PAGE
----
|Common name: Eastern Ribbon Snake or Common ribbon snake|
Species name: Thamnophis sauritus sauritus
Description: The Eastern Ribbon Snake gets its name from its very thin body. At maturity it can be anywhere from 18 to 86 cm in length. (Kingsbury 2007) It is a slender black snake with a yellow midback stripe and one on each side. A brown stripe that is 1-2 rows of scales extends onto the sides of the belly. The rest of the belly is a greenish white color. They also have two rows of black spots between the back and side stripes. It also has a long tail that is about a third of the length of its body.(Mayer 2003) The labial scales around the mouth of the snake are unmarked and uniformly bright yellow or white. A white or light yellow bar borders the front of their eyes. (Kingsbury 2007) The Eastern Ribbon Snake has pure white lips and a mark of White color in front of its eyes. These characteristics make it easy to tell the difference between the snakes but it may help to have one of each on hand to look at (Crowe 2006). Eastern Ribbon Snake (below left) has a dot in front of its eye, whereas the Garter Snake (below right) does not.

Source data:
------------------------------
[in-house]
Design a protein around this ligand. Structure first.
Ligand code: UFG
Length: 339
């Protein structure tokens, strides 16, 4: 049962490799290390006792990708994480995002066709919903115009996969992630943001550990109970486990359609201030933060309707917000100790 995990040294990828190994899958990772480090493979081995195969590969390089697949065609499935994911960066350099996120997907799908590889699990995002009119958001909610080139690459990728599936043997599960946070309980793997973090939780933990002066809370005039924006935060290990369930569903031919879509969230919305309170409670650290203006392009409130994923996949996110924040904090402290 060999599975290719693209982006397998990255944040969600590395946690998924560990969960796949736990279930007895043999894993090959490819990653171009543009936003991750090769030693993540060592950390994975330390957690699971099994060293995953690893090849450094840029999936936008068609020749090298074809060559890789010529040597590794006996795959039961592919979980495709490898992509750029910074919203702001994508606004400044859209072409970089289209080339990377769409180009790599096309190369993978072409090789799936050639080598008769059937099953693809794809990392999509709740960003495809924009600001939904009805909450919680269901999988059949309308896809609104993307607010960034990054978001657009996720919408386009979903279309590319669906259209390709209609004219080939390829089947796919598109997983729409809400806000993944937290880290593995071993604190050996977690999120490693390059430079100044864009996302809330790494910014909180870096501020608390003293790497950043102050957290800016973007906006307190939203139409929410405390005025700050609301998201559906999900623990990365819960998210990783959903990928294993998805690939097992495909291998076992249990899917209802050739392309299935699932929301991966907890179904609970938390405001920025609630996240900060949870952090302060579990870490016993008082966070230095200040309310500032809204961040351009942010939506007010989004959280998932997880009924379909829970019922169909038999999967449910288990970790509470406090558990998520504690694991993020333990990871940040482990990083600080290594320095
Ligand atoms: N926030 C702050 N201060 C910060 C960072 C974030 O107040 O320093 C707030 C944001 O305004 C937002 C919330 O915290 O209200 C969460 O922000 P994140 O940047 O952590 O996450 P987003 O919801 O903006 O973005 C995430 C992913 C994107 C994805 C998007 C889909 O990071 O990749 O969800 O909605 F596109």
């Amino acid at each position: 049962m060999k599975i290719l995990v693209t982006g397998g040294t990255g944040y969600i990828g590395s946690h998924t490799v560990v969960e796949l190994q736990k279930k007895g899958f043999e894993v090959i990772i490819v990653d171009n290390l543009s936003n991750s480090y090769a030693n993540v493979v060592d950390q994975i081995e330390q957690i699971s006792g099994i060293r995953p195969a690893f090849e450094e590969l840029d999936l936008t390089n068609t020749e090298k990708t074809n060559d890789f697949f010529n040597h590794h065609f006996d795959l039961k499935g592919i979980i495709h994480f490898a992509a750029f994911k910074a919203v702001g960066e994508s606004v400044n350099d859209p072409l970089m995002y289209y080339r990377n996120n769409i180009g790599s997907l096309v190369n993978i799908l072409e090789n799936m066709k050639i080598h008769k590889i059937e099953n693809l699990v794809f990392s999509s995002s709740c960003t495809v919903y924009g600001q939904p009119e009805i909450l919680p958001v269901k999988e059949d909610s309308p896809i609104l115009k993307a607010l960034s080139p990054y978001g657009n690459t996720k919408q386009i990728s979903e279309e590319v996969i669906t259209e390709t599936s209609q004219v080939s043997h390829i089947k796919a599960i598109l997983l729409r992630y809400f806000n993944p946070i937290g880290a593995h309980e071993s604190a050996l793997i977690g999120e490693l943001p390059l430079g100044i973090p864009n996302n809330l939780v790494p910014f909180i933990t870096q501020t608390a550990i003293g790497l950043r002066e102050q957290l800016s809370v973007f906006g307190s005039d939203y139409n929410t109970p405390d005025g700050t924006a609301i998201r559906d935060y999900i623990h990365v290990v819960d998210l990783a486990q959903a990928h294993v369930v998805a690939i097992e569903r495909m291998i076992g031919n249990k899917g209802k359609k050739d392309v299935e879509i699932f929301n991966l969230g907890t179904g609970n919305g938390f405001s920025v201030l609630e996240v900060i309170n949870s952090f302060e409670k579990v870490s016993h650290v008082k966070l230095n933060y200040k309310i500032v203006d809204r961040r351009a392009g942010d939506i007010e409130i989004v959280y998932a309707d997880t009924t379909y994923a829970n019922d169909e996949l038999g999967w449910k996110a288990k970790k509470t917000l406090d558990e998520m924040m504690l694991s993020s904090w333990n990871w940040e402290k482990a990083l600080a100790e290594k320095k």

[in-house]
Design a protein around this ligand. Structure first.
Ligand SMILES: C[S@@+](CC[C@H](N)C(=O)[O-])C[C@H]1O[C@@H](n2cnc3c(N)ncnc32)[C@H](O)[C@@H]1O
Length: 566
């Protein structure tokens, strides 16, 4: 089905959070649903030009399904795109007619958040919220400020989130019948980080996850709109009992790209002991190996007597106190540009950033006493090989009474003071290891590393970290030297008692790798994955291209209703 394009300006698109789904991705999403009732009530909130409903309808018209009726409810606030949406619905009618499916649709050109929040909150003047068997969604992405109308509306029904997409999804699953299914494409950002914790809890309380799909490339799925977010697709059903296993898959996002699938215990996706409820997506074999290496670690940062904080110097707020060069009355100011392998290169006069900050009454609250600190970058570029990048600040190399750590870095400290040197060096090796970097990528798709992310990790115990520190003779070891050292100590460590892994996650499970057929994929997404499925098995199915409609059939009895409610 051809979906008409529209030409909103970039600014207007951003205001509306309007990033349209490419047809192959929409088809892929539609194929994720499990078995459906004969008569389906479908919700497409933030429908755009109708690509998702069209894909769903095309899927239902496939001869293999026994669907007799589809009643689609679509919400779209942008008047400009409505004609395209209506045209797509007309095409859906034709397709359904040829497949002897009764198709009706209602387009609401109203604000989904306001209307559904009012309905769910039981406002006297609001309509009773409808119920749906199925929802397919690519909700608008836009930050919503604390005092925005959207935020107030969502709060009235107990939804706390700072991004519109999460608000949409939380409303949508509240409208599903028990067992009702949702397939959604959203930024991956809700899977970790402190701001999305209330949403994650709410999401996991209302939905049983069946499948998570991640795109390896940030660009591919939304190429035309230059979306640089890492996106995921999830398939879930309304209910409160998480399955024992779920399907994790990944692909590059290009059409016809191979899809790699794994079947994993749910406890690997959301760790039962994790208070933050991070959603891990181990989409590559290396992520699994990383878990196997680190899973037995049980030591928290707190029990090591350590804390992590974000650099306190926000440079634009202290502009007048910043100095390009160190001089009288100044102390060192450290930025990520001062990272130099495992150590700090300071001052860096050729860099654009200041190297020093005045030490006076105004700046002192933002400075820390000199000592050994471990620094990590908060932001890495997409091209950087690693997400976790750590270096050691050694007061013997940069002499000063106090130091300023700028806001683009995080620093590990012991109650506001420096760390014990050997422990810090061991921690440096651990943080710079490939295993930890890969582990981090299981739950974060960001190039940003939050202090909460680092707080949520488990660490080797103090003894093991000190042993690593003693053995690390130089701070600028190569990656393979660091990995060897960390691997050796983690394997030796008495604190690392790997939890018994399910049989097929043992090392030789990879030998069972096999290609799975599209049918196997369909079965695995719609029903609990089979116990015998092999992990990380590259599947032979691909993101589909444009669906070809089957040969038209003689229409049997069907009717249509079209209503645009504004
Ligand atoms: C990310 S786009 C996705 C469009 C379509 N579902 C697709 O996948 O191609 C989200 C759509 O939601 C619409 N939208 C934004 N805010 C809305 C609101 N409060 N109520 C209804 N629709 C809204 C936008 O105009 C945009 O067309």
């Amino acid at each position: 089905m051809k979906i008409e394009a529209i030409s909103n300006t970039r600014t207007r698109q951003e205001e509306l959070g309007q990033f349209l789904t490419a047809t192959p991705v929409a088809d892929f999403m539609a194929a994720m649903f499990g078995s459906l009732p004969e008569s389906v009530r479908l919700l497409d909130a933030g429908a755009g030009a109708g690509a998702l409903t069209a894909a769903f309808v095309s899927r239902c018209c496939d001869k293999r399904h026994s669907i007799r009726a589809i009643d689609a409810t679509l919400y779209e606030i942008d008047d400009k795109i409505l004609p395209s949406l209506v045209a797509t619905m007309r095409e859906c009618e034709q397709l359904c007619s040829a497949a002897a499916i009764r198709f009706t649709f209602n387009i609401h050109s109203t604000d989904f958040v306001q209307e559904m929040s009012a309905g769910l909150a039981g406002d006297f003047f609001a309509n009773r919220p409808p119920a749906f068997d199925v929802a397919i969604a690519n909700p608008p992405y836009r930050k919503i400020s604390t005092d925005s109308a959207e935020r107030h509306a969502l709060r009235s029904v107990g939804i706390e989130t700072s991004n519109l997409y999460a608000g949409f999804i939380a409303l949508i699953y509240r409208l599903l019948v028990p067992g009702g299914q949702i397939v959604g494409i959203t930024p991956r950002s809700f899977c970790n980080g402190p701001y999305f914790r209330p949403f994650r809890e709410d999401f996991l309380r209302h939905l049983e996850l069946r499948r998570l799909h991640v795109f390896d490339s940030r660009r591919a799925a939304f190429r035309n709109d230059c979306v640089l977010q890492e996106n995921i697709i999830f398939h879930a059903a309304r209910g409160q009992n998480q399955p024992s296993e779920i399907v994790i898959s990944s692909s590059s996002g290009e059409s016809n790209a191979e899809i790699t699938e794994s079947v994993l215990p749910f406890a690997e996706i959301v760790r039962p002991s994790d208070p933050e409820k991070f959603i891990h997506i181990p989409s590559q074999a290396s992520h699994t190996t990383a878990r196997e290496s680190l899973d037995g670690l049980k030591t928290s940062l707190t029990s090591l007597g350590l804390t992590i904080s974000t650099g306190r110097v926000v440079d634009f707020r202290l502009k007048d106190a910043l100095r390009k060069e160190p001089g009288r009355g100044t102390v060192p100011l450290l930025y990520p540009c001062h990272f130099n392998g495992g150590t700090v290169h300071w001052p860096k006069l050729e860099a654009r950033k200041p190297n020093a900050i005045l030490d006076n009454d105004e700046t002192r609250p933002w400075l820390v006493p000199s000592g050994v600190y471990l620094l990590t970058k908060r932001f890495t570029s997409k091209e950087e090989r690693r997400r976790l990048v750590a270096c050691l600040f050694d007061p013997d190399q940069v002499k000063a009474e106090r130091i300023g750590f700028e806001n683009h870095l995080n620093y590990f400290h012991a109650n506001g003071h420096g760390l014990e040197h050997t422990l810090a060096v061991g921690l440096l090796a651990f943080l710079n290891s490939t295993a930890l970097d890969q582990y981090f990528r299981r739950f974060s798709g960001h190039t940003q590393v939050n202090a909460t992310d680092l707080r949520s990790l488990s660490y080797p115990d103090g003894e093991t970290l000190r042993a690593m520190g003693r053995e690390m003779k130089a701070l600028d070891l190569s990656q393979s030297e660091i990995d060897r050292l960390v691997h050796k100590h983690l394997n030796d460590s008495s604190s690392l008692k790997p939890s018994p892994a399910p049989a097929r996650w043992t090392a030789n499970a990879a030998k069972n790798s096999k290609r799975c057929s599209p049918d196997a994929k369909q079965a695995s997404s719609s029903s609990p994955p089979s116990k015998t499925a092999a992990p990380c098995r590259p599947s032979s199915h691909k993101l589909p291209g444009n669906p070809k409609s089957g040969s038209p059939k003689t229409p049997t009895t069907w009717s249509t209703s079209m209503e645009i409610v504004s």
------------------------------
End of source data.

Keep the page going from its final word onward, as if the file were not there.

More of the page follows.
Distribution: Eastern ribbon snakes are found throughout the eastern US, but are absent from much of the Appalachian Mountains. In our region, they are found in the Piedmont and Coastal Plain, but become progressively more common from the Mountains to the Coast. T. s. sackenii is found in southern portions of our region and throughout most of Florida. Ribbon snakes are semiaquatic and are frequently found at the edges of lakes, bogs, and salt marshes.
Habitat: HabitatsThe Eastern Ribbon Snake is typically found in the Northeastern United States and Southeastern Canada. You can usually find them in wetlands and near the edges of ponds and streams. (Kenney 2007) They are comfortable both in and out of water, they are adapted to both environments. When they are frightened they take to the water or bushes.They do not dive like water snakes, they glide across the surface of the water.
Foods: The Ribbon Snake generally eat small fish, tadpoles, salamanders, small frogs and toads, and occasionally insects. In some cases the female has been observed eating her young